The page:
In London, a joke is going around. Europe has now two capital cities. The first one: Berlin. The other – after a pause for artistic effect: Frankfurt. In Greece, rumours are circulating that after the election the German government may bring debt relief onto the agenda.

And in Spain there is a presumption that the issue of bank liquidation will be cleared up on September 23. After the German election, the biggest of the toxic dumps in the Iberian peninsula would be jointly settled; no need to worry.

No, no one in Germany is worried. No one is even talking about Europe in this election campaign. No one is asking whether there are any fresh ideas to deal with the crisis. This crisis, about which everyone has grown tired of hearing, has probably reached its zenith, but it is far from being over. No one is asking about the national risk of a bank liquidation. No one is talking about the architecture of a new Europe that should prevent a repeat of the crisis.

Without Germany, nothing in Europe budges

And would it be unthinkable that a referendum on a new constitution would be the most important political event in the next legislature? A vote on a new constitution, in which the Germans transfer a few important elements of their sovereignty to Brussels?

Much is possible and much is being mulled over, in Paris, in London, in Brussels. Probably never in postwar history has a Bundestag election exerted such fascination on Germany’s neighbours , not only because Angela Merkel has turned out to be the most powerful woman in on the continent or possibly around the entire globe. It’s easy to make politics understandable when it’s based on the example of a life story.

Who decides – and who pays?

The elections to the Bundestag are tied up in the rest of Europe almost with an expectation of salvation, as if on September 23 there will be presents laid out like on Christmas morning. This mood reflects two things: the significance that Germany, so economically dominant on the continent, has acquired; without Germany, nothing moves in Europe, which has been at a standstill in the past few weeks. And secondly, it reflects the public pressure for something to be done, a pressure that has once again been dammed up.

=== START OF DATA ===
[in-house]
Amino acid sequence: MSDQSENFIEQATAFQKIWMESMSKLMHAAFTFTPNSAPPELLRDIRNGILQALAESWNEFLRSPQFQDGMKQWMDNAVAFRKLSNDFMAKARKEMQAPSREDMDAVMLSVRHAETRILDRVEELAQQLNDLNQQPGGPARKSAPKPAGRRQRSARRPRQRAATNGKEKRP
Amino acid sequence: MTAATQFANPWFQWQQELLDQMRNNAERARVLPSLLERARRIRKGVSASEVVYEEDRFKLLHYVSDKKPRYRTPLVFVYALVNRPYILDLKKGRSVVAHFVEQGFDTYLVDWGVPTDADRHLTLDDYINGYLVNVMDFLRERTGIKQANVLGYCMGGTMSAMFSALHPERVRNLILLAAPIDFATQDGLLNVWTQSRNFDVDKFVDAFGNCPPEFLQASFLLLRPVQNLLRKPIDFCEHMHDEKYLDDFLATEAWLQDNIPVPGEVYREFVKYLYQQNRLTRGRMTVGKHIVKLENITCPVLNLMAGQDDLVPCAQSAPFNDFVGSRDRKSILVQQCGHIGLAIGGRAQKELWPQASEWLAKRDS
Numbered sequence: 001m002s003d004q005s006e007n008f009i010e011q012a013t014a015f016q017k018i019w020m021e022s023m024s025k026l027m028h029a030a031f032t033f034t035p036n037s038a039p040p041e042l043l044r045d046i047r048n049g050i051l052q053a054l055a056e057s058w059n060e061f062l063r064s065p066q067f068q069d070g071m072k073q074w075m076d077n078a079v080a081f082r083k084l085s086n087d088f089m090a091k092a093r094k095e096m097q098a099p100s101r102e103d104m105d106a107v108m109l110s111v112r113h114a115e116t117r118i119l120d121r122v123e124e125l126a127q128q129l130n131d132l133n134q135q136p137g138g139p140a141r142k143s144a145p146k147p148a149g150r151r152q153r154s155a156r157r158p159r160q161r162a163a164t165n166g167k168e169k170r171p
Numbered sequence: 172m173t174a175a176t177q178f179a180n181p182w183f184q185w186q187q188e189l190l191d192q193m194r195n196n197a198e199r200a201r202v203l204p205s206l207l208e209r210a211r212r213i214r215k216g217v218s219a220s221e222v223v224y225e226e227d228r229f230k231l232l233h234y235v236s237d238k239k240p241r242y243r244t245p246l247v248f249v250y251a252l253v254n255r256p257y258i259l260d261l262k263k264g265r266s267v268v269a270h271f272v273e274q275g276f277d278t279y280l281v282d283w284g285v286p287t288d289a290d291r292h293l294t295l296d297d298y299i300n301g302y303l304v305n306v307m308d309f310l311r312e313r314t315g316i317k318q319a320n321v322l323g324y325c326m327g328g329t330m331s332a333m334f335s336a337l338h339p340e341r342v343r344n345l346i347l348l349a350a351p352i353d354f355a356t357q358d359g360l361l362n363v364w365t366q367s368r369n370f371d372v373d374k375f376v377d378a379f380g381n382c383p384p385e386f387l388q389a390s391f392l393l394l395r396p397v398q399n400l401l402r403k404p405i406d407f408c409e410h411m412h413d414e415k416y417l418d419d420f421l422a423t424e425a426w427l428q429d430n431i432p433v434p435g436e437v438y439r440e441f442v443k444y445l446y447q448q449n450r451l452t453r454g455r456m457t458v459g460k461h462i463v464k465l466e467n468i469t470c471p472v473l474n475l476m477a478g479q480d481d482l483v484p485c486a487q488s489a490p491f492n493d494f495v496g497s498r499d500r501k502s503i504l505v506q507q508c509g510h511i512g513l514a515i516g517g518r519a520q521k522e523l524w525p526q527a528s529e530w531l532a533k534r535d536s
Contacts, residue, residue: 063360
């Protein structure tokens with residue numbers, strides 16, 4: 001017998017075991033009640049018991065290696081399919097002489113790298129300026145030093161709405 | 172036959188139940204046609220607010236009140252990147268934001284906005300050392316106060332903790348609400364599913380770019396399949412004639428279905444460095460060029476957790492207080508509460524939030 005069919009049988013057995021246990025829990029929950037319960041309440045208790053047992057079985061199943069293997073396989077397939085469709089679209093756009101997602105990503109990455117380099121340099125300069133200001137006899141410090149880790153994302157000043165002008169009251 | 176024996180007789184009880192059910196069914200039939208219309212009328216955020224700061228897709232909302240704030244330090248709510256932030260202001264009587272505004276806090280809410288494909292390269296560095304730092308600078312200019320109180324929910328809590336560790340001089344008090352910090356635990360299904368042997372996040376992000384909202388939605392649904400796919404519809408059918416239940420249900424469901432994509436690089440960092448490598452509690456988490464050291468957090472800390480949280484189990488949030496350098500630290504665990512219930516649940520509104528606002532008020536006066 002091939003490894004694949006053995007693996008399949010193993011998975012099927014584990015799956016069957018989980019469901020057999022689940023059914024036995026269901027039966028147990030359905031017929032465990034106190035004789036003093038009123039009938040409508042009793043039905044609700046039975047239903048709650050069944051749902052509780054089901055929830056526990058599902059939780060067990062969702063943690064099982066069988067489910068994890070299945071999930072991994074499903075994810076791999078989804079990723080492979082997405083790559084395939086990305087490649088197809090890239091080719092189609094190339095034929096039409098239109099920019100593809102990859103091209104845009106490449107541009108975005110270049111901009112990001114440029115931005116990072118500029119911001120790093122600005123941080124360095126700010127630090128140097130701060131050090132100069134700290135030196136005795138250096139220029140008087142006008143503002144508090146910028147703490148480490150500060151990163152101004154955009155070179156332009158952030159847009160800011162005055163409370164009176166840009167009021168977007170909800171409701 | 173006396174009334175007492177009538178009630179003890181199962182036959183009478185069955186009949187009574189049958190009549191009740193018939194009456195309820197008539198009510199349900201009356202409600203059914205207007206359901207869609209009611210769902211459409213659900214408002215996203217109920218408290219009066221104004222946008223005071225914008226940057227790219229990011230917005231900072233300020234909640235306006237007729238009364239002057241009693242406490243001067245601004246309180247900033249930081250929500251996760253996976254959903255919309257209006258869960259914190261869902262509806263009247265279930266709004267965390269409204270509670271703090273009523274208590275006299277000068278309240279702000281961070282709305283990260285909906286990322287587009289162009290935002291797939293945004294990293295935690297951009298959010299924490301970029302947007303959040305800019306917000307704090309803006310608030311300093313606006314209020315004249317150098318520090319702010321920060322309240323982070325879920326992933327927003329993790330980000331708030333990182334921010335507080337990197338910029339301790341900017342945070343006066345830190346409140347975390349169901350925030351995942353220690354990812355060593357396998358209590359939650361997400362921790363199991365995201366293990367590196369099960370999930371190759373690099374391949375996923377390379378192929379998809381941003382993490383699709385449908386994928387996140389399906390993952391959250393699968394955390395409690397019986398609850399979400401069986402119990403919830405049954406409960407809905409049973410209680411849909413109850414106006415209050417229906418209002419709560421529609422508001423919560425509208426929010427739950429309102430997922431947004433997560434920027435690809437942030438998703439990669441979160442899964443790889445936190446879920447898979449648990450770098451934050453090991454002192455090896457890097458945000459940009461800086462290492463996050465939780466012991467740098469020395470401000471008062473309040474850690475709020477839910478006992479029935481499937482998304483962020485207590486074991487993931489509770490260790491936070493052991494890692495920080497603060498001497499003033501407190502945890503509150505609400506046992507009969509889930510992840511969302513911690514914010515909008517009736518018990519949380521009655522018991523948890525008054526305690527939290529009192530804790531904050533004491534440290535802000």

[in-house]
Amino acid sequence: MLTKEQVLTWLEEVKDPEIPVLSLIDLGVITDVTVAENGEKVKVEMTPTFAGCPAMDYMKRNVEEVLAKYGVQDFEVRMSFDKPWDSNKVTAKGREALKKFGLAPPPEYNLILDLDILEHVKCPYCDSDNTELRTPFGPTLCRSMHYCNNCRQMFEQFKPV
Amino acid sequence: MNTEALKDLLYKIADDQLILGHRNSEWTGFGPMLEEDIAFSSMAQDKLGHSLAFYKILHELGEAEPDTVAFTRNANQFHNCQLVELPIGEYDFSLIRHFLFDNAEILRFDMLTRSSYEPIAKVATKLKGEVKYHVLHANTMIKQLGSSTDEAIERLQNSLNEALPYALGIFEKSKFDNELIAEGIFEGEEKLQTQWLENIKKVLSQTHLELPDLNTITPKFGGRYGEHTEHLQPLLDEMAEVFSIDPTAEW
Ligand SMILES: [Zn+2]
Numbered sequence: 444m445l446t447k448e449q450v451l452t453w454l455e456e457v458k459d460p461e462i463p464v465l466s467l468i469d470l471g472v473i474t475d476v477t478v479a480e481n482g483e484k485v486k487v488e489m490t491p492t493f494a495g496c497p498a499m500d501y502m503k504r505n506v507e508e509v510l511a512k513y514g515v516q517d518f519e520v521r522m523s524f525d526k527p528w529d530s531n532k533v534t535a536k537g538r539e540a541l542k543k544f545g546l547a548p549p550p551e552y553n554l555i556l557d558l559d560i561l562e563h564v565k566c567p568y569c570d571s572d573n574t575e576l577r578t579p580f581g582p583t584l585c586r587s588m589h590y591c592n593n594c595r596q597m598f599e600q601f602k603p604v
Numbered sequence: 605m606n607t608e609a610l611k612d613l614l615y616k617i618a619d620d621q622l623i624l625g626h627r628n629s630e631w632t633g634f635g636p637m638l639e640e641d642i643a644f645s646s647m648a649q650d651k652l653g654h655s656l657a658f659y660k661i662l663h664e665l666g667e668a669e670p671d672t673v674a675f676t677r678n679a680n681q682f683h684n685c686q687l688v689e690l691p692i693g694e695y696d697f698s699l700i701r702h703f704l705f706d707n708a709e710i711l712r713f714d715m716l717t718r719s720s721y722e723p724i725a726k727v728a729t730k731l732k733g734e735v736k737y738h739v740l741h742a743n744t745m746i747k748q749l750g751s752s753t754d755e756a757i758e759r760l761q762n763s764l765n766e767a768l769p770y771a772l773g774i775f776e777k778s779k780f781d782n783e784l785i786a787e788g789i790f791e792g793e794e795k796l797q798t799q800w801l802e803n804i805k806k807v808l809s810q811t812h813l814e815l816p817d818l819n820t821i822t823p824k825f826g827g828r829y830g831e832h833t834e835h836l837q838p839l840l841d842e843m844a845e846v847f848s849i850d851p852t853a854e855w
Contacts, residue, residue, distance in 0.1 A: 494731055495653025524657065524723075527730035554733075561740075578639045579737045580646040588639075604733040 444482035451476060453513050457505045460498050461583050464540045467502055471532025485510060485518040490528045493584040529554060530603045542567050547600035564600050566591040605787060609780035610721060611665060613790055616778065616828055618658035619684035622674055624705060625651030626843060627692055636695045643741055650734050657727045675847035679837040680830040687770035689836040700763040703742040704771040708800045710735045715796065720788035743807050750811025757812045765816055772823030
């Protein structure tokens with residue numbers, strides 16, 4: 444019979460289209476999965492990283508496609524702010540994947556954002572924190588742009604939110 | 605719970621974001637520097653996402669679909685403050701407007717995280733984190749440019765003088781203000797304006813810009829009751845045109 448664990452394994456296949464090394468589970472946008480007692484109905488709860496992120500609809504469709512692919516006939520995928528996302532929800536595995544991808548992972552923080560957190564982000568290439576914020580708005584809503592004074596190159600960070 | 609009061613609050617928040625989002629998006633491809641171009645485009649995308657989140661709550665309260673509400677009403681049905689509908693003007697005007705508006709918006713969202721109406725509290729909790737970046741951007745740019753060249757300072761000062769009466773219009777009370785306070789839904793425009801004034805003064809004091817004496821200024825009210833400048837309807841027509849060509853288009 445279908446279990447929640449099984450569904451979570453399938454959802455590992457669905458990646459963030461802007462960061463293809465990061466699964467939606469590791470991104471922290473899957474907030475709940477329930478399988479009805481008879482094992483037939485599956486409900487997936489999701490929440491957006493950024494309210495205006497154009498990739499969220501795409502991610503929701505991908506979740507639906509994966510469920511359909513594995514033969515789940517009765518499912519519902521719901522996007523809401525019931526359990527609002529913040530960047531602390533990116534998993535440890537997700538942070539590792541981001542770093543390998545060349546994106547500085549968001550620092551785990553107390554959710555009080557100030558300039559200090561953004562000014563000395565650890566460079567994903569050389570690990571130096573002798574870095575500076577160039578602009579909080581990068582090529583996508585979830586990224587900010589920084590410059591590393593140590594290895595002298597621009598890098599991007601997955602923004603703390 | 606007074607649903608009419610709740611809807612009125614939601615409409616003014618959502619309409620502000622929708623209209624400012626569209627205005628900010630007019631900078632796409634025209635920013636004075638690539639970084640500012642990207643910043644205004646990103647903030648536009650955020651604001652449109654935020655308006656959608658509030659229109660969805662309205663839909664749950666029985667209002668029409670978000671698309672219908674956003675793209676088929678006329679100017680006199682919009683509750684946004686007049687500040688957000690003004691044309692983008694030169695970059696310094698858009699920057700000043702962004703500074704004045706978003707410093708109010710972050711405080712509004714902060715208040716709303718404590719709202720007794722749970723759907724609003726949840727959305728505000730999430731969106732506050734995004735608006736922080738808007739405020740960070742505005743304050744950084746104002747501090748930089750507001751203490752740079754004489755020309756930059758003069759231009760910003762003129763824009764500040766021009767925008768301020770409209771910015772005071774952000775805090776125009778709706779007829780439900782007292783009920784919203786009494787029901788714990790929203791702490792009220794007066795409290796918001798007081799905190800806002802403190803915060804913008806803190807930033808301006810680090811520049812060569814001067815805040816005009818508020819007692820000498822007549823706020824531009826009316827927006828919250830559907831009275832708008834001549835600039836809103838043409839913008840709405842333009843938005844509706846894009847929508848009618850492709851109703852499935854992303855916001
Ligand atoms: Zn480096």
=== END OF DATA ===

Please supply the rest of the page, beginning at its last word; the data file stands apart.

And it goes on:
Four states are under the emergency trusteeship of the euro countries. One, Ireland, should get out from under it this year. Portugal and Spain are considered stabilised. Greece probably still needs help. This is known. Issue number two is the EU budget, which many states are peering at with great covetousness, and which has not yet been passed by the European Parliament. It involves a lot of money, and how it will be shared out, and it’s about the campaign that will soon be fought in Europe. There’s a whiff of noisy controversy.

The biggest desires, though, focus on Germany and the liquidation of the banks, and on the actual key question: how must the Eurozone be built so that the trouble does not repeat itself? That question goes to the heart of all politics: who decides, and who pays?

A German giant

Germany, which has a fundamental interest in the survival of the euro, should come up with a few ideas – about how future budgets in the eurozone will be harmonised and controlled, how social systems will be adapted and how state investments will be distributed. It will plainly have to deal with the key issue: whether these different states of Europe can ever develop remotely comparable competitiveness, or whether not transfer payments will be necessary – similar to the fiscal equalisation mechanism within Germany itself.

All this touches on issues of budgetary law, parliamentary oversight, the architecture of democracy in Europe. In the end, all this could lead to a revision of the constitution in Germany, including the referendum that would then be necessary. All Europe sees these problems and is staring spellbound at Germany. And Germany?

Germany is going to have a laid-back election, but on the day after the election, it is going to shove back those eagerly outstretched hands like slamming down a window on an autumn storm. No miracles are on their way and there will be no presents under any Christmas trees. Angela Merkel is probably not about to change her stripes, and the SPD is also showing no fresh zeal for all things euro. Nevertheless, a new pace of reform is expected and some are even awaiting a major deal. Germany may be making itself small in the election campaign, but from the outside, it remains a hulking giant. And this Gulliver will find it difficult to get out from under the shackles lying in wait for it.